Mumbai: The Bombay High Court dismissed Thursday a PIL opposing the release of Bollywood film Kedarnath for allegedly hurting religious sentiments and “lowering the dignity” of the eponymous deity.
The film, starring Sushant Singh Rajput and Sara Ali Khan in the lead, is set to release on Friday.
A bench of Chief Justice Naresh Patil and Justice MS Karnik heard all parties at length but dismissed the public interest litigation (PIL), noting that it was not maintainable.
The petition, filed by two local lawyers Prabhakar Tripathi and Rameshchandra Mishra, claimed that the film, set in the backdrop of the 2013 Uttarakhand floods, dilutes the gravity of the calamity and hurt their religious sentiments.
“The storyline is imaginary and the movie is an untrustworthy story of love between a Hindu Brahmin girl and a Muslim boy connected with the natural disaster of Uttarakhand that took the lives of several Hindu pilgrims,” the petitioners said.
They claimed that the film “lowered the dignity of Lord Kedarnath”.
The PIL was opposed by the Central Board of Film Certification (CBFC) and the film’s producers.
Appearing for the film’s producers, senior advocate P Dakhepalkar told the bench that the movie was just a love story that used Kedarnath as its setting.
“The film is a love story between two persons belonging to different classes and faiths. It has no intention of hurting anyone,” he said.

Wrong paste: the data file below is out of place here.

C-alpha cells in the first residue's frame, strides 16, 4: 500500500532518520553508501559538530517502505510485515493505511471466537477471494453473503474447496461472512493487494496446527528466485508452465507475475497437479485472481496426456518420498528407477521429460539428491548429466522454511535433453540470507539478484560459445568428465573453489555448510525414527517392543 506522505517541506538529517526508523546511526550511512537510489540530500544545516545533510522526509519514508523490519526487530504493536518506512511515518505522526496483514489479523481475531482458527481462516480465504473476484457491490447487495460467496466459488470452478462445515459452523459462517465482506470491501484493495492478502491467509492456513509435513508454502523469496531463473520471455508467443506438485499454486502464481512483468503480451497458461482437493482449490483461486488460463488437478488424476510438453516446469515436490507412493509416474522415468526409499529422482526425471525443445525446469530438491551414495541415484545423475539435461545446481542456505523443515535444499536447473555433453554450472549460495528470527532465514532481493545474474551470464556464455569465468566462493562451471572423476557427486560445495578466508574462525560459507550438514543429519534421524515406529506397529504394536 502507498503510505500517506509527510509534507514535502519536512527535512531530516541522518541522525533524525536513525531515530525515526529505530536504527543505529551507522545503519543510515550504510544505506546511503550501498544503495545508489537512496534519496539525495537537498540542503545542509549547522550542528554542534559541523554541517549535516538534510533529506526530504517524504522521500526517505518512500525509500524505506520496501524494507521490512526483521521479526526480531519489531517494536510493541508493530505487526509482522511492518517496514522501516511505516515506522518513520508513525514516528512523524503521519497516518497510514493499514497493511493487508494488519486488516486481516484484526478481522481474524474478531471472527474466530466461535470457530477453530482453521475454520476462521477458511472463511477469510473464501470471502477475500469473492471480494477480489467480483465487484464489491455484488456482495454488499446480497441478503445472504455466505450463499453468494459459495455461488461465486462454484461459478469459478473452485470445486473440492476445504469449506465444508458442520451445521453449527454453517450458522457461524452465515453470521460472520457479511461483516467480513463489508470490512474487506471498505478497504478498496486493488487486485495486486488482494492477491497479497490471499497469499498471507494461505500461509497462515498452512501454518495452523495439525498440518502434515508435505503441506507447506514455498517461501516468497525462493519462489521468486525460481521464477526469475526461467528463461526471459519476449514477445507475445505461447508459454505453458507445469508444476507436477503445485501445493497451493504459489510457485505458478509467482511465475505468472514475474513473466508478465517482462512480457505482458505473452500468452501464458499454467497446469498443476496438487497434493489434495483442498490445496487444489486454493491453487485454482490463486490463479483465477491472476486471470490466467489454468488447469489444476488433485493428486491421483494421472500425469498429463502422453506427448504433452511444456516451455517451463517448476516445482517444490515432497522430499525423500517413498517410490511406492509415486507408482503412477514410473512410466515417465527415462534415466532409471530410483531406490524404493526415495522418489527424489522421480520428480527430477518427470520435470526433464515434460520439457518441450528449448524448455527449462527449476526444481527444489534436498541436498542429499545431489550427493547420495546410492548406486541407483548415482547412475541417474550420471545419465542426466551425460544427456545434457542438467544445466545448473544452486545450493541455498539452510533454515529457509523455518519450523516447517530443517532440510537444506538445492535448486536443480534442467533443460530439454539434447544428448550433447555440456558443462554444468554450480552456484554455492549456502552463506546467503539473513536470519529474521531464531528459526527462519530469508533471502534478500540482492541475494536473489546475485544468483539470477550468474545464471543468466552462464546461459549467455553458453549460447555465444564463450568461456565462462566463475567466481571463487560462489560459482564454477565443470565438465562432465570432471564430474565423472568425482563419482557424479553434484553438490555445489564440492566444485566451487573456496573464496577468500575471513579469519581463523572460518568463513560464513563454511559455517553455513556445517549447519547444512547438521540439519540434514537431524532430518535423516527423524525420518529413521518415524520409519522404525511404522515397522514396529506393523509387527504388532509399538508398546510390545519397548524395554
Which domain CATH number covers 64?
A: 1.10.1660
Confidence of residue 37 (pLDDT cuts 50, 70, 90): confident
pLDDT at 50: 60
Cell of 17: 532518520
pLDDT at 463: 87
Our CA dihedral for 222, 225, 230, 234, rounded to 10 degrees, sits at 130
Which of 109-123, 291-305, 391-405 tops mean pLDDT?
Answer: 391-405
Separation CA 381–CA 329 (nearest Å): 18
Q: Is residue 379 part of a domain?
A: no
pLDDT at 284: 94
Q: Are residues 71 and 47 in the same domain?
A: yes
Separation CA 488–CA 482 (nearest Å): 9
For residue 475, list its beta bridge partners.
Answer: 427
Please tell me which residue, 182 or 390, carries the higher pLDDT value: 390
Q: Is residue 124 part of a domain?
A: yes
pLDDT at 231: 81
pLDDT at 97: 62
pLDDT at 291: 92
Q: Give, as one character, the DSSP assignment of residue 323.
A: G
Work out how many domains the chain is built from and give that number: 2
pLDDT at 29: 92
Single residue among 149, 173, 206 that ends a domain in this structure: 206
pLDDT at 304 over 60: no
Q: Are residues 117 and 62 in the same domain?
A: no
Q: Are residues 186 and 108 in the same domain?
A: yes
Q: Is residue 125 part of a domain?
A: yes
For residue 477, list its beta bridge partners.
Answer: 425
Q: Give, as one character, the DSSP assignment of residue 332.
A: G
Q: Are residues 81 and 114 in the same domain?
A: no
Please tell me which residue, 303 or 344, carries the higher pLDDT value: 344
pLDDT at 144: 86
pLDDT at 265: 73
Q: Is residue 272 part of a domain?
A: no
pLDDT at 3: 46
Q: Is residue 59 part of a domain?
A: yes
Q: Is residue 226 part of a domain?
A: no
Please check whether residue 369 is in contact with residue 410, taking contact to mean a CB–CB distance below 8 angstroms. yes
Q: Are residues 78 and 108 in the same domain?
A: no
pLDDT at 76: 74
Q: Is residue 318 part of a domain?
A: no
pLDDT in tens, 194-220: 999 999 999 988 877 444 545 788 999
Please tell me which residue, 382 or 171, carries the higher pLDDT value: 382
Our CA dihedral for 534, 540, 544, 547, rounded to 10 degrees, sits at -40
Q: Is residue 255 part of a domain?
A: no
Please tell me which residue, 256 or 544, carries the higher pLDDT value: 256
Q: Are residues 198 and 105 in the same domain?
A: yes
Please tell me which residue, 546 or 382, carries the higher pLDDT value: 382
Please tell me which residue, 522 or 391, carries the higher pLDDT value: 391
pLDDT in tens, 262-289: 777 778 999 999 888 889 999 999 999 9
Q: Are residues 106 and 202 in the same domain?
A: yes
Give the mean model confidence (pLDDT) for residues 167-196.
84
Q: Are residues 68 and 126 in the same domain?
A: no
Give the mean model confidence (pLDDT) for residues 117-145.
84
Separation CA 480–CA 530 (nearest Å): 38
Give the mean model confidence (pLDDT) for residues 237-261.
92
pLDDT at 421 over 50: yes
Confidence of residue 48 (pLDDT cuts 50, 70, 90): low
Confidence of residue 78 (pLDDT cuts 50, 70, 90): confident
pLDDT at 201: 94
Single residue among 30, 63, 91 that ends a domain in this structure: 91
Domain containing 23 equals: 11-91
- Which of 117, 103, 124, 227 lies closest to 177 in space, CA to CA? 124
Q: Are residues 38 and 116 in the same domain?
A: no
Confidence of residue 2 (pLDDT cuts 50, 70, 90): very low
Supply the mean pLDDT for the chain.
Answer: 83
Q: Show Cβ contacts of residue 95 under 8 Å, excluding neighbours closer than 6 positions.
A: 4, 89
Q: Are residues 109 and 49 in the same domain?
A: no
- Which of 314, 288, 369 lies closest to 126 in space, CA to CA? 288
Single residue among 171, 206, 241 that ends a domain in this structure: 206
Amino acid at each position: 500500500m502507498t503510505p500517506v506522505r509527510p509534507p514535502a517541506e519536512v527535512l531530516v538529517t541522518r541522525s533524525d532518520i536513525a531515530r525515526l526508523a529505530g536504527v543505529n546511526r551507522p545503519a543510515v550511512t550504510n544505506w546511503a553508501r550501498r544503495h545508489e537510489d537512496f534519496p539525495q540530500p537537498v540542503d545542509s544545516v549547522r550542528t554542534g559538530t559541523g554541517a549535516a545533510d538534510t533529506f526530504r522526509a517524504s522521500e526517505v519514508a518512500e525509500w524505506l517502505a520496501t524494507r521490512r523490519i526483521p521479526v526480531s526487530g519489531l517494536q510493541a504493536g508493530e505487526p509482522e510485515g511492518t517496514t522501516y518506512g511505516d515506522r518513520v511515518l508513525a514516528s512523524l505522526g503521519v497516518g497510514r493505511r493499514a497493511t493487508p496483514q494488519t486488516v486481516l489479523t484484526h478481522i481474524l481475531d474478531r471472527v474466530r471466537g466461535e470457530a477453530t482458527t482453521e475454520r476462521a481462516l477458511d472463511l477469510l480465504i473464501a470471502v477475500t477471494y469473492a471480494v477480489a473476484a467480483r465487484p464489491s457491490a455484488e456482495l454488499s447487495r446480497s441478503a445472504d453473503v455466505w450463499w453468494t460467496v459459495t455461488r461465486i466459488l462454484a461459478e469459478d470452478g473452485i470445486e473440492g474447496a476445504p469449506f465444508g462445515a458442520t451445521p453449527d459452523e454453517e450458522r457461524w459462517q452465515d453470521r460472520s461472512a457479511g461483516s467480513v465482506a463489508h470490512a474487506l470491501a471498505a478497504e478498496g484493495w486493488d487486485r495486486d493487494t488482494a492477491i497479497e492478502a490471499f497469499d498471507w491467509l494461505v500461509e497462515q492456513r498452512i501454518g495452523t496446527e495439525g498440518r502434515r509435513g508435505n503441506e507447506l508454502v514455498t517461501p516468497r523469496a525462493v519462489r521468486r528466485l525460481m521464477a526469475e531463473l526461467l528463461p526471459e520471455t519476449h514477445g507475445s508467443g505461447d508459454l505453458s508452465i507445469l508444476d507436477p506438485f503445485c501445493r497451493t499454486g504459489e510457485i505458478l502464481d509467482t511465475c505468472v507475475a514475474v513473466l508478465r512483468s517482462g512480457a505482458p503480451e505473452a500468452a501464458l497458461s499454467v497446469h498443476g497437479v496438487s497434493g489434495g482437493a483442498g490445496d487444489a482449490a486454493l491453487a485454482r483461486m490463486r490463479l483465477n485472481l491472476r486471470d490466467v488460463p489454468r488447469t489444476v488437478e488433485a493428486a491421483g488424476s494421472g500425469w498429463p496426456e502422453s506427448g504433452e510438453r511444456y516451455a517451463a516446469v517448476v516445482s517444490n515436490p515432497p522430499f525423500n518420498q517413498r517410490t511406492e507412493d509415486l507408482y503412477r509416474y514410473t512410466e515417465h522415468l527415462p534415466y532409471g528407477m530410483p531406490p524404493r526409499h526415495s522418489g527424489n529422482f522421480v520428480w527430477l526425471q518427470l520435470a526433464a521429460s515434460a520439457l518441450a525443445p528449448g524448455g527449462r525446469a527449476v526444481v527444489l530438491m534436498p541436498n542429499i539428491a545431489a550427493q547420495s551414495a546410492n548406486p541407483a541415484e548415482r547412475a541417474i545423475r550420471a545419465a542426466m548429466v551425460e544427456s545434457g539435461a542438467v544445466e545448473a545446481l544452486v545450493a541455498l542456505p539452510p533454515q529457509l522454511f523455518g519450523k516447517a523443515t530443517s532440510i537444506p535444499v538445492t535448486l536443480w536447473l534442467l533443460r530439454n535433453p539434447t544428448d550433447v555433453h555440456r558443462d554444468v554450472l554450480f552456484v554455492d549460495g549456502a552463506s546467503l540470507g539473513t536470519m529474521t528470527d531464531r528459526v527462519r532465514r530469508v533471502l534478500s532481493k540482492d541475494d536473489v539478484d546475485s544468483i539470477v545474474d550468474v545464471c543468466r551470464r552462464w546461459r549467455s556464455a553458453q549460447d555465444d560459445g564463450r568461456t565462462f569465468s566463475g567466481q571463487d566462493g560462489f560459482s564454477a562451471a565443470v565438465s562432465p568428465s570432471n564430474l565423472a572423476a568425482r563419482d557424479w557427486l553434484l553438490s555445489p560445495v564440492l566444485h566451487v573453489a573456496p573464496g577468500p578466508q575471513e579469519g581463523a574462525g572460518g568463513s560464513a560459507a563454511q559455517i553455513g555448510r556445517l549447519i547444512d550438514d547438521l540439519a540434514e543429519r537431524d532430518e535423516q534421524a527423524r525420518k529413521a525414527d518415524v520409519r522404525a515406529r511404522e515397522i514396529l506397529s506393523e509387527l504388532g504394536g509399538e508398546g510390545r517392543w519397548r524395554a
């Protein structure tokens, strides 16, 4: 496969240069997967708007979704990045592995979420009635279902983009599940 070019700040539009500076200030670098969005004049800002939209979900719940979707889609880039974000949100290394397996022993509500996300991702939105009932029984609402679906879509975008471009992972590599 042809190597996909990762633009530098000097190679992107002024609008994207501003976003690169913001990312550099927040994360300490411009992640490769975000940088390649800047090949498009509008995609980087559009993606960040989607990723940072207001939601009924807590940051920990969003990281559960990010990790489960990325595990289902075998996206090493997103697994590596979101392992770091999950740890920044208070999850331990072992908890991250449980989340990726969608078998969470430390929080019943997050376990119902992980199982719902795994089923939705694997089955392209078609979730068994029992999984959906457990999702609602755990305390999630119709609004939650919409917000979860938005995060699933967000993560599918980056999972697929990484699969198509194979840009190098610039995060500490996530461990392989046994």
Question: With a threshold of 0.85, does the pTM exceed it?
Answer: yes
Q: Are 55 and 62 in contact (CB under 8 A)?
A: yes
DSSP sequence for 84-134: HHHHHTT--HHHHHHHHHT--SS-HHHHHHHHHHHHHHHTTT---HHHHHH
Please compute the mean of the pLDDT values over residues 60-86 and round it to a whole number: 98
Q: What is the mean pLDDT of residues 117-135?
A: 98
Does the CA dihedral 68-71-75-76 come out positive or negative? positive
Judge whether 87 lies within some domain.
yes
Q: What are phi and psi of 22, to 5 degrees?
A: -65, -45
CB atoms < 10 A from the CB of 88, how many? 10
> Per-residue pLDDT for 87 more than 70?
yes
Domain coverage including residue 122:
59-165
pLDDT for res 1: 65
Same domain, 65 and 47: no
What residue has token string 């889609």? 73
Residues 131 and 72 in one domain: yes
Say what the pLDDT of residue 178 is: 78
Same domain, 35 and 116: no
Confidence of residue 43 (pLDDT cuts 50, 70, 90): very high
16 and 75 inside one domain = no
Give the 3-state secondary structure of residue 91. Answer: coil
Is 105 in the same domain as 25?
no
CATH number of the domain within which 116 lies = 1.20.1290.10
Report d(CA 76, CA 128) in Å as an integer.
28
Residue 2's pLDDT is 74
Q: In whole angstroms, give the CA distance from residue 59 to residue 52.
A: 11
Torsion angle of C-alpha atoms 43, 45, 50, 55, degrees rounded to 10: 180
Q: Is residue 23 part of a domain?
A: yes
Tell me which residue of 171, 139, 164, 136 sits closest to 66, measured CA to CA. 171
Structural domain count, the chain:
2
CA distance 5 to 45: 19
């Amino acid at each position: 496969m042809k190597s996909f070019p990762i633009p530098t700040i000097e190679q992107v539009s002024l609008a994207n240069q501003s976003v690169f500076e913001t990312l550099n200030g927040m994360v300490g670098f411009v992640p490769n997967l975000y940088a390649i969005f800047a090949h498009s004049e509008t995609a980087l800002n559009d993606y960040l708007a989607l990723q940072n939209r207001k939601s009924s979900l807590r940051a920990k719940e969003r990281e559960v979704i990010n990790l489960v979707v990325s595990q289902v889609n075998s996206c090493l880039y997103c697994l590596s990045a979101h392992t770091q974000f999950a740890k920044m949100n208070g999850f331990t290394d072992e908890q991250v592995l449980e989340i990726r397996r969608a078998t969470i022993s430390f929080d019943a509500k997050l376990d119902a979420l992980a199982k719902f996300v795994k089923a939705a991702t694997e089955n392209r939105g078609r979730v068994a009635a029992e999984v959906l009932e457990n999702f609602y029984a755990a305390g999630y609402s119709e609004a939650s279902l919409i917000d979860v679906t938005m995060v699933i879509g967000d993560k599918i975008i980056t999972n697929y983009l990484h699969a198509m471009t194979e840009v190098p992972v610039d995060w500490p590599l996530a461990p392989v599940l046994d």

“Besides, our religious sentiments are not so frail that they will be affected by just a film that shows a temple in its background. Every right of freedom of expression must be given to us,” he said.
Dakhepalkar argued that perhaps, some people were indeed very sensitive and their sensibilities might be affected but the court cannot go by that.
“Instead, the court must check if we have followed procedure and secured film certification,” he said.
CBFC’s counsel Advait Sethna told the bench that the board had very strict guidelines for issuing a certification to a film.
He said the board had followed all regulations in granting the certificate for public release of the film.
Both Sethna and Dakhepalkar pointed out that the high courts of Gujarat and Uttarakhand had already dismissed similar pleas opposing the film. At this, the bench decided to dismiss the PIL.
However, it suggested that the authorities could think about constituting a body of experts to regulate and preview trailers and posters of films released online that currently go unsupervised by the CBFC or any similar body.
A detailed court order is likely to be made public later in the evening.